360° Photography

This project is about the most fun combination of electronics and programming that I've had since my MacDrums™ project in college. At a trade show in Chicago a couple years ago, I discovered a company called Ortery selling a system for shooting 360° photography that produces "spinnable" images like the sample at right. This is useful for anyone involved in web sales of small products that prospective buyers would like to see from different angles. Susan had a few products on her site that would benefit from this kind of photography, so my interest was piqued. Images like this are not interactive videos, but actually just a series of still photos taken at precise intervals of rotation on a computer-controlled turntable. The system I saw demoed had some really sophisticated software and a very robust turntable bundled for around $2400, which was at least $2000 more than I could justify. So, I set out to try to design and build my own system. My system is admittedly far less sophisticated, but in my opinion, the results are at least as good as those from Ortery, and for my purposes, even better.

Software

Being familiar with a web graphics technique known as CSS image sprites, I realized that this was the best way to load all the frames of my 360° photo, and all I had to do was write a bit of javascript to manipulate the sprite image within a smaller frame. Building the sprite image was easy, thanks to an Adobe Photoshop command called "Automate>Contact Sheet II", which I found I could use to take a series of images and arrange them neatly into rows and columns that make a perfect sprite image like the one below:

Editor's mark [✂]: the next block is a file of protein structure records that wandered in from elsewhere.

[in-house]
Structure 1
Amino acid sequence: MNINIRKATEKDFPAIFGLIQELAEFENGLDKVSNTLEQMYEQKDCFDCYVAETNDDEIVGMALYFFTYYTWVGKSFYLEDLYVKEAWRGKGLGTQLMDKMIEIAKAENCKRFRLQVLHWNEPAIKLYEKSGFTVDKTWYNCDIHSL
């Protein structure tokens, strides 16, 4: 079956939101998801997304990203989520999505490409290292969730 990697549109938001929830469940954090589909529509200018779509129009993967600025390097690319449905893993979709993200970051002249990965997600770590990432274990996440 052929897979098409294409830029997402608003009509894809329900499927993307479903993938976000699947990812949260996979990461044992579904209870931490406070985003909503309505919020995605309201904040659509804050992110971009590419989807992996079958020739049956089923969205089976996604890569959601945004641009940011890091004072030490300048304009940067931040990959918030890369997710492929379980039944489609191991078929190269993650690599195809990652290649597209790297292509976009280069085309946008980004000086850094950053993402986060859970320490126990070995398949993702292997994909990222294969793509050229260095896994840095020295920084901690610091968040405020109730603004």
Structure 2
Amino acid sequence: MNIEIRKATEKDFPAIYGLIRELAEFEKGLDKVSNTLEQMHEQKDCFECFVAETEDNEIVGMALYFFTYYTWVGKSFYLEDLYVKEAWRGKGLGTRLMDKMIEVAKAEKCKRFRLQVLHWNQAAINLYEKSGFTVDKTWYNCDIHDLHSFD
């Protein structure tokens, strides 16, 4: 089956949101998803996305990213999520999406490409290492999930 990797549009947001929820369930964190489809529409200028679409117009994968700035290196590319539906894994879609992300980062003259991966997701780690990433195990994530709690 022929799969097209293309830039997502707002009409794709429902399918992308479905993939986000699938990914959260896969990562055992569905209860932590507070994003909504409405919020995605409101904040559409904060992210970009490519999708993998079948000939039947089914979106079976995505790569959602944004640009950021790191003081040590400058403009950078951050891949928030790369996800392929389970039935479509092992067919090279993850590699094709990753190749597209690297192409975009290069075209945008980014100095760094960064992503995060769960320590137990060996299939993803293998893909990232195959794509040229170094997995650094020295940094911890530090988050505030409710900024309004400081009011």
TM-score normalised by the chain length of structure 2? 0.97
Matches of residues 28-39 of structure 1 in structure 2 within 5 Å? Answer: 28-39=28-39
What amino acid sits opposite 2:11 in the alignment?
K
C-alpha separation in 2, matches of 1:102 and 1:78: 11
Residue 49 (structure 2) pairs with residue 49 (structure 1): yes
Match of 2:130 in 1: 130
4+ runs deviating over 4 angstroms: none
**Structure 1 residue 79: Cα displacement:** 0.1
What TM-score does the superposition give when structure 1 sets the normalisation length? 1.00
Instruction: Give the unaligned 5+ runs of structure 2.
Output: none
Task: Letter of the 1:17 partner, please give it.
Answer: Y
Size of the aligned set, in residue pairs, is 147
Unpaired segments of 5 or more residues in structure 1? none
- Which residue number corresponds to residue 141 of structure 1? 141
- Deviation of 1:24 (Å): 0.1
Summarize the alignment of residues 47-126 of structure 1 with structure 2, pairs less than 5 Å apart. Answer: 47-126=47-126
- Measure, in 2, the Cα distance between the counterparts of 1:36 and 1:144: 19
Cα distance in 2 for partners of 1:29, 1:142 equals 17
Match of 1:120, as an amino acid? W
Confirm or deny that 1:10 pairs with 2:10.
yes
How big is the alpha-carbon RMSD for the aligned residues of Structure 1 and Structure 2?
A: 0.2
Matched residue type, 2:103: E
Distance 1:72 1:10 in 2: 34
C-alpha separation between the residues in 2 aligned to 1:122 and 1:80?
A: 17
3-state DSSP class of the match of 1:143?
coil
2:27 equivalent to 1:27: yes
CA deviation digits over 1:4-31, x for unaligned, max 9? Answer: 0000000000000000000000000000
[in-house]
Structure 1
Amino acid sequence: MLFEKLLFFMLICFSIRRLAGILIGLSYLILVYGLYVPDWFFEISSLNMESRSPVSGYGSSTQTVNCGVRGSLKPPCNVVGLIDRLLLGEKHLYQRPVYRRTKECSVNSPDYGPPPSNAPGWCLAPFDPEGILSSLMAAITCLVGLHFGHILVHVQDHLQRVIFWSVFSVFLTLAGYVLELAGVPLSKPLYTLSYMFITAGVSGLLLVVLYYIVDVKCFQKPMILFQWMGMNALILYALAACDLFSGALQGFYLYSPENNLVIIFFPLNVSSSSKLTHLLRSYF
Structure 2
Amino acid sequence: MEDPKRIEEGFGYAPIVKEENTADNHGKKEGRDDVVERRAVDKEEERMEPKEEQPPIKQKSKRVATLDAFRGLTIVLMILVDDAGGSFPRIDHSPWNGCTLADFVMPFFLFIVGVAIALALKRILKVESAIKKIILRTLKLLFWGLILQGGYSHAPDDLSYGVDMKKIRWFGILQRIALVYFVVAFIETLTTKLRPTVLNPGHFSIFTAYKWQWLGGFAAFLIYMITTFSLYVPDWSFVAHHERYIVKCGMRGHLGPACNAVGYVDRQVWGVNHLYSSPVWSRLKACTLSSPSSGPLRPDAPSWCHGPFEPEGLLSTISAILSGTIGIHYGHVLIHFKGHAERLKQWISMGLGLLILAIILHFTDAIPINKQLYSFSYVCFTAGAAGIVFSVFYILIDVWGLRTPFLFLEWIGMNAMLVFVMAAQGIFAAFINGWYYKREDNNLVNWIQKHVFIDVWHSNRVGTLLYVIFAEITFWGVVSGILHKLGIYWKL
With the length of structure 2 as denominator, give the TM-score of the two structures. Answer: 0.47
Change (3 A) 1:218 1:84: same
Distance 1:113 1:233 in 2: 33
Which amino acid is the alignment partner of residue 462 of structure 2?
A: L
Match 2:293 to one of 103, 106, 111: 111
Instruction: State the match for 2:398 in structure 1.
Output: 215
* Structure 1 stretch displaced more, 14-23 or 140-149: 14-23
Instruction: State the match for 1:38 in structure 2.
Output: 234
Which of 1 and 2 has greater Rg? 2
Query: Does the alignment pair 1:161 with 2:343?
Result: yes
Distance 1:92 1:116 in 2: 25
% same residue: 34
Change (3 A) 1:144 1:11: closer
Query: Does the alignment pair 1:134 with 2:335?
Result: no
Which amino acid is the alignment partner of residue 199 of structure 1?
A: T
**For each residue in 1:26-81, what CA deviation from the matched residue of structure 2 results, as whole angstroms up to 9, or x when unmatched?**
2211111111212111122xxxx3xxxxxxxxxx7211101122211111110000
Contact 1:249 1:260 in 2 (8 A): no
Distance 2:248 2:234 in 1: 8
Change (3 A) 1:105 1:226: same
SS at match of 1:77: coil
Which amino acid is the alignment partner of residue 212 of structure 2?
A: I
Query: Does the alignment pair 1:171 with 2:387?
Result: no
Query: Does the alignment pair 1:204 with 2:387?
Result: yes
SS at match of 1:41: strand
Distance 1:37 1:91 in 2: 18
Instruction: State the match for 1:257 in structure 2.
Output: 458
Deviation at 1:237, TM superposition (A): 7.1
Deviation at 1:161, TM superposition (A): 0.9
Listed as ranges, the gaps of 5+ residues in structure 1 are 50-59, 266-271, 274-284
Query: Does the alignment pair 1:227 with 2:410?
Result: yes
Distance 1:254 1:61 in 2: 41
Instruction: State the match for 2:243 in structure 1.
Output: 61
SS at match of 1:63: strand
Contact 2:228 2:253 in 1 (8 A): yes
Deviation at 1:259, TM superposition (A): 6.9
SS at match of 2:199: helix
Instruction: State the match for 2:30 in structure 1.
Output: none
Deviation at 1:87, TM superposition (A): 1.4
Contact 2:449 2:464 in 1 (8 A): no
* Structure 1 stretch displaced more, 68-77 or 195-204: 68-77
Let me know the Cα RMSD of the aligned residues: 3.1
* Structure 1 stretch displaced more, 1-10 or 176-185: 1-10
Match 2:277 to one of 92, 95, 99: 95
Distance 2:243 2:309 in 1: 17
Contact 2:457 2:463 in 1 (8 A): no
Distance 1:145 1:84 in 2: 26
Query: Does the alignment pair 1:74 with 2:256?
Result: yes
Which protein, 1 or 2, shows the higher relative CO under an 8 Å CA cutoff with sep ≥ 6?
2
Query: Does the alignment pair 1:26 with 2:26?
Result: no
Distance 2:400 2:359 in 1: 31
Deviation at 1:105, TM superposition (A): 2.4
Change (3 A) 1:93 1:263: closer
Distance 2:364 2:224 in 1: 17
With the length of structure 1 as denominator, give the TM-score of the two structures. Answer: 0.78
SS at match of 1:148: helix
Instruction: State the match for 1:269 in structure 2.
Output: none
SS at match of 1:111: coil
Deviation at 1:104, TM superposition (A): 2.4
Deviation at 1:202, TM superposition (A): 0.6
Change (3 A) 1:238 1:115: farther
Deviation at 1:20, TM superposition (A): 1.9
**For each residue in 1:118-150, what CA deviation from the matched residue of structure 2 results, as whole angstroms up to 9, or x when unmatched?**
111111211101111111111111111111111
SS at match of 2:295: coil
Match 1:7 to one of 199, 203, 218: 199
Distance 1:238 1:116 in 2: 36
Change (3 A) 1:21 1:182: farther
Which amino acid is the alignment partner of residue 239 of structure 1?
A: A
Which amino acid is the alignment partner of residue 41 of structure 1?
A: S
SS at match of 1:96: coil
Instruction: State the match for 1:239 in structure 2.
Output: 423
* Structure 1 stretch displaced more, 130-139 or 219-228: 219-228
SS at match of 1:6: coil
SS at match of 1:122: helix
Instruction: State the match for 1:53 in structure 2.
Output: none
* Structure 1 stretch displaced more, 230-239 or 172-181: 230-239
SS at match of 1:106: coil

The series of images could be easily adjusted, cropped, and output to the desired size straight from Adobe Lightroom, so really, the only hard part left was building a turntable that I could somehow control electronically in precise and tiny amounts.

Hardware

The turntable and electronic control hardware became a research project in modern DIY robotics, and it became my mission over the 2014 Christmas break to study the many resources available at my new favorite web site, SparkFun.com.

Using Sketchup to create 3D assemblies from model files provided by SparkFun, I was able to create the scale model at left with enough confidence to go ahead and order the parts. When the parts came, to my delight if not necessarily surprise, everything went together exactly as planned, and the result is shown below.

The motor is a stepper motor, which is the kind of thing used to drive the print head back and forth in your inkjet printer. They are driven by computer control, and rather than spinning at a constant rate when you apply power, they move just one tiny step at a time. The motor is built to do 200 steps per revolution. I am using it with a driver board that supports 8 "microsteps" per step, which means it takes 1600 steps per revolution of the motor. My gear assembly slows the turntable down by 8:1, so for one complete revolution of the turntable, it takes 12,800 pulses to the driver board, which makes it possible to control the turntable with very high precision.

Electronic Controls

While I had lots of experience toying with electronic circuits in my youth, I hadn't tackled a project this complex since college. The two buzzwords I knew I needed to explore were Arduino and Raspberry Pi. A quick bit of web research revealed that the Raspberry Pi was much more like a computer, which ran an operating system (Linux), and was suitable for applications where you need the full resources of an actual PC, but in a tiny and inexpensive package. The Arduino, on the other hand, is a microcontroller that runs no operating system, but executes C++ code to control inputs and outputs, also in a tiny and inexpensive package. It was clear that Arduino was the way to go, so I ordered a SparkFun Mini Inventor's Kit that came with an Arduino-compatible controller, a breadboard, and a bag full of parts suitable for learning my way around the system. I also ordered some additional parts that I planned to use for my planned interactions with the device--a gesture sensor for command inputs, a tiny OLED graphical display for user feedback, and a stepper motor driver board.

Model 1 (A False Start)